Linux has dozens of screenshotting tools. These tools have different features and allow users to quickly take pictures of what they see on their desktop, save it in different formats, and share it with friends. The trouble is, most of these screenshot tools are bloated GUIs that don’t always work.Â If you’re tired of GUI screenshot tools that don’t always do their job, the Scrot screenshot tool may be just what you need. It lets you take screenshots from the Linux terminal and saves you the trouble of going through a GUI.
The Scrot tool is pretty well-known, and many people use it to take screenshots, especially on lightweight desktop environments like LXQt, or with tiling window managers like AwesomeWM, i3, and others. To install the software, open up a terminal window and follow the command instructions that correspond with your Linux operating system.
Note: you need to be running Ubuntu, Debian, Arch Linux, Fedora, or OpenSUSE to run Scrot. If you’re not on one of these Linux distributions, you may need to compile from source.
sudo apt install scrot
sudo apt-get install scrot
sudo pacman -S scrot
sudo dnf install scrot -y
sudo zypper install scrot
The Scrot screenshotting tool is one of the best terminal applications that can take screenshots of what’s happening on the Linux desktop. As a result, many distributions — even obscure ones distribute it in their software sources. That said, if you’re not able to find an installable package, building the code from source is the next best thing.
For whatever reason, the website that hosts the downloadable packages for Scrot is down. Luckily, thanks to Archive.org, it’s possible to download the code regardless. In a terminal, use the wget command and grab the Scrot sources.
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Extract the Scrot source code to your Linux PC using the tar command.
tar -xvzf scrot-0.8.tar.gz
Move into the code folder with CD and read the README file using cat.
cd scrot-0.8 cat README
The README file outlines how to build the code, but doesn’t include any information about the dependencies you’ll likely need for a successful build environment. Start the build by running the configure script. This script will scan your Linux PC for the correct dependencies. If you’re missing any, it’ll tell you what to install.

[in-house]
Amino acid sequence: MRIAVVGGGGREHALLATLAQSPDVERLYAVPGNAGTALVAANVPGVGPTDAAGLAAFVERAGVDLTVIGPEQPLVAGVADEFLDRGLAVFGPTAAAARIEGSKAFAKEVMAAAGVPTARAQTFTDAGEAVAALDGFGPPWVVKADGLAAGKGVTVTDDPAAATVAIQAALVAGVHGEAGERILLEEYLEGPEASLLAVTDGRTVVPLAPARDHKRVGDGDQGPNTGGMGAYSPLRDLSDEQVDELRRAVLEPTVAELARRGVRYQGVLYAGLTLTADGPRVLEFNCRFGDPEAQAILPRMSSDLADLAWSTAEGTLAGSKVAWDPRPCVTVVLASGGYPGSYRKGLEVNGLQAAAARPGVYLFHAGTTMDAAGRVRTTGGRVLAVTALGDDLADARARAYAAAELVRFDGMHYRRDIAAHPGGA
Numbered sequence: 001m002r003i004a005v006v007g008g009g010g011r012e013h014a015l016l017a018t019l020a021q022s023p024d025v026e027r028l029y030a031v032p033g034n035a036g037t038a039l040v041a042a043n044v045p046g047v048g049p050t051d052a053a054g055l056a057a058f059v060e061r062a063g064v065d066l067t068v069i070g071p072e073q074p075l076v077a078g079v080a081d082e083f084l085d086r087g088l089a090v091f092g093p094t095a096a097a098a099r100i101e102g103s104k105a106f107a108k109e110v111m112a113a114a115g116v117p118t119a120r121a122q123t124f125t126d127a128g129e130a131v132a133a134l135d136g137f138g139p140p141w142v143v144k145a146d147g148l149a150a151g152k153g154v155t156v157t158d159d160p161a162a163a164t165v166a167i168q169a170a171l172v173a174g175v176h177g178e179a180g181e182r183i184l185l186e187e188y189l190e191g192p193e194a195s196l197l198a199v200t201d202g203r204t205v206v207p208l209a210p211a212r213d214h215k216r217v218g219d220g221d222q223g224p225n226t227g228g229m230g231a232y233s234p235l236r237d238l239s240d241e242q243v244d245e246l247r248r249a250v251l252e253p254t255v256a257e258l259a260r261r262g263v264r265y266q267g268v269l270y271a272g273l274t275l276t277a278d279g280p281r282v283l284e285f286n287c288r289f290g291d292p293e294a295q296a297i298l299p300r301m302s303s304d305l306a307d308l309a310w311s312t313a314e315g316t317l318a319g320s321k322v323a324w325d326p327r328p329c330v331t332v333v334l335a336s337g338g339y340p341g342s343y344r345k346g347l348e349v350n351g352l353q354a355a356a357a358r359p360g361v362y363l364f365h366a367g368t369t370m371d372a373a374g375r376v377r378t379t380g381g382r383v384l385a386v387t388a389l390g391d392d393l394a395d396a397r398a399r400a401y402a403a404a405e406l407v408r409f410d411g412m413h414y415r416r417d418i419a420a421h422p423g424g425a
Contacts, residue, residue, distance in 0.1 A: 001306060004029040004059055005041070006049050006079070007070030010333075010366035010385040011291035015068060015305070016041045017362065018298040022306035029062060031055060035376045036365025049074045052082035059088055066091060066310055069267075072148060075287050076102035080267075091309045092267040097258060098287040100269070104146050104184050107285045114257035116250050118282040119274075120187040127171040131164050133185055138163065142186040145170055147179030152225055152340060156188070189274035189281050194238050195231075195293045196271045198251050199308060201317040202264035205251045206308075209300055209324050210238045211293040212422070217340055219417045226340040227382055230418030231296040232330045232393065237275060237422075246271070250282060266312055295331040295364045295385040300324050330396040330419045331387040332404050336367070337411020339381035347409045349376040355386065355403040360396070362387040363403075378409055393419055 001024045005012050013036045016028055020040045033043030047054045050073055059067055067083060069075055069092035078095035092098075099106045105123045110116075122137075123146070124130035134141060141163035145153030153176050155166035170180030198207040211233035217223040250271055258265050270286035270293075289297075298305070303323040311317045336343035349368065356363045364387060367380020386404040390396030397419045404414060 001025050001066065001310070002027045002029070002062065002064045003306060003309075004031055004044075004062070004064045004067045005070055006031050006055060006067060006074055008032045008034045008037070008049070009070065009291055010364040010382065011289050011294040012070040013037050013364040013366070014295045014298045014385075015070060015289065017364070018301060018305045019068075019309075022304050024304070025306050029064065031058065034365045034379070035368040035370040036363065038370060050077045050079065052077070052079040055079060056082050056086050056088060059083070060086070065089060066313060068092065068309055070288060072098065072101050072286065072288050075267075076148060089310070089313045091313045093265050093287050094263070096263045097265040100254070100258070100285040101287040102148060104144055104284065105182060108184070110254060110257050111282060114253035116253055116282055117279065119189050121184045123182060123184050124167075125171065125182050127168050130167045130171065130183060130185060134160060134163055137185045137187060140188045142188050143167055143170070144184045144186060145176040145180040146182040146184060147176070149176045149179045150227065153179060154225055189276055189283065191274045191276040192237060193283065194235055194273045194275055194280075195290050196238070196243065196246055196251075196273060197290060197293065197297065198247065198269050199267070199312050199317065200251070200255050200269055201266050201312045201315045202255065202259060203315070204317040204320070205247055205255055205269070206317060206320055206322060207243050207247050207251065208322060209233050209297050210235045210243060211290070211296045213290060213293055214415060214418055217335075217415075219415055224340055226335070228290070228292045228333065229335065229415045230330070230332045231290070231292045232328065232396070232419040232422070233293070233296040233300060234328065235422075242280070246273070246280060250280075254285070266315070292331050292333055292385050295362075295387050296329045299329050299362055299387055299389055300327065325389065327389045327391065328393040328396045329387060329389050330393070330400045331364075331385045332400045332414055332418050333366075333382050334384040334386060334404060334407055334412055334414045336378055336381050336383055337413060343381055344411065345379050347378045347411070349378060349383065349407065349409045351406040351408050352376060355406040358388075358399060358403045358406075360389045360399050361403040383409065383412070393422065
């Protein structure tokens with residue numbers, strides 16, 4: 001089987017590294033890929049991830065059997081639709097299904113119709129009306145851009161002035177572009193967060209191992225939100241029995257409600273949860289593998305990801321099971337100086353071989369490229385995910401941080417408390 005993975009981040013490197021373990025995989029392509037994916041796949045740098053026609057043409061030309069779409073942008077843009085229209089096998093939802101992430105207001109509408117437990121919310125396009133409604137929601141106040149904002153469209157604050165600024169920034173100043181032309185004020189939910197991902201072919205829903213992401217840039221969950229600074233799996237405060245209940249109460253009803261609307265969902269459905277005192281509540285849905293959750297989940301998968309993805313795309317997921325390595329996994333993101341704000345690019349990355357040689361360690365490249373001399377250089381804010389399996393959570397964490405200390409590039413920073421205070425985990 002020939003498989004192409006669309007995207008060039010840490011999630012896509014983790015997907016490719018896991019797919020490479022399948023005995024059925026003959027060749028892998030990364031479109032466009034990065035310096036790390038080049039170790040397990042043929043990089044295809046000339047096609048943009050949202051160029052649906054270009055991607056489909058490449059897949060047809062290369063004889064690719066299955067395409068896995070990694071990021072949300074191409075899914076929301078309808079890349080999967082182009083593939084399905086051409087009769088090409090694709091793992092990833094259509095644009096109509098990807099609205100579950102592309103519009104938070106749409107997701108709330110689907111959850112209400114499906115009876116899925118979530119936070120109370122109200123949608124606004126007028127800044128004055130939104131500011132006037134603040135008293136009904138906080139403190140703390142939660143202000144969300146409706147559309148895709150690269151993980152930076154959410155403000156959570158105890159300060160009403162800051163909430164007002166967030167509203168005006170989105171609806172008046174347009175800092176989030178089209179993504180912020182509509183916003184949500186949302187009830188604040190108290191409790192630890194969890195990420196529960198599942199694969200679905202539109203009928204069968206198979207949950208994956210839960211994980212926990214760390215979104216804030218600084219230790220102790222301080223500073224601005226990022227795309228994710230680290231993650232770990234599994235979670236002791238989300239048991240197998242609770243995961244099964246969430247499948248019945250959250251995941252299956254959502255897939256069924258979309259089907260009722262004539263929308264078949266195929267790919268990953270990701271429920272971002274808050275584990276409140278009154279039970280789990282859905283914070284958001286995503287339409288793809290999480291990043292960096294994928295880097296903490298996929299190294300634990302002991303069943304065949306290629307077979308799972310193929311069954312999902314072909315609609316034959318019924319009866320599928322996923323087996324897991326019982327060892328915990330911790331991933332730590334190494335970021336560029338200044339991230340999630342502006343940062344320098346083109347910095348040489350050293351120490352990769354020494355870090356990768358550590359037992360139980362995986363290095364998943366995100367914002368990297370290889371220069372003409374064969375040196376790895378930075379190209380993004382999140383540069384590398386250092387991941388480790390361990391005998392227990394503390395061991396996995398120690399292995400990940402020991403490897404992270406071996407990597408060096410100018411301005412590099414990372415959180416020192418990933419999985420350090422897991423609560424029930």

The configure command will only finish if you’ve got all of the dependencies up and running. If the configure script finishes, build the Scrot software.
The make command will compile everything rather quickly, as Scrot isn’t a large piece of software. When the process is complete, finish up by installing it into the system.
su -c "make install"
Scrot is a terminal application, so to take a screenshot, you’ll need to have quick access to a terminal. Open up a terminal and use the following command to take a screenshot of what’s on your screen.
If you run the command above, your screenshot will end up in /home/username/.Â The screenshot is instant, and you’ll get no feedback about the screenshot you just took. Want something a little more user-friendly? Try the “c” switch. Adding the “c” switch to scrot will print out a countdown timer. The timer feature is helpful, as it makes the user more aware of when the screenshot happens.
Want to improve the countdown in Scrot further? Try out the “d” switch. It lets users specify (in seconds) when Scrot should take the shot.
Note: replace X with your desired number.
scrot -cd X
The Scrot screenshot tool lets users take a screenshot of the current window in focus by way of the “z” switch. To use it, do:
scrot -cd X -z
Or, if you prefer not to use a timer, try the following command.
An incredibly useful feature that a lot of screenshotting tools on Linux have is their ability to take screenshots of individual rectangular areas of the desktop. The Scrot screenshot feature also has this ability, and it’s accessible via the “s” switch.
scrot -cd X -s
To take a screenshot of a particular region without a countdown do:
Save Scrot Options
The Scrot screenshot tool has a lot of options, switches, and features. If you’re a newbie, these different options may be hard to remember. While it’s quite easy to use the “h” switch, it’s much better to save the help instructions to a text file for later.
To save the Scrot options for later, you’ll need to run the “h” switch option through the redirect command.
scrot -h >> ~/Documents/scrot-options.txt
At any time, you can open up the Scrot document file you’ve saved for later by launching the file manager, clicking on “Documents” and looking for “scrot-options.txt.”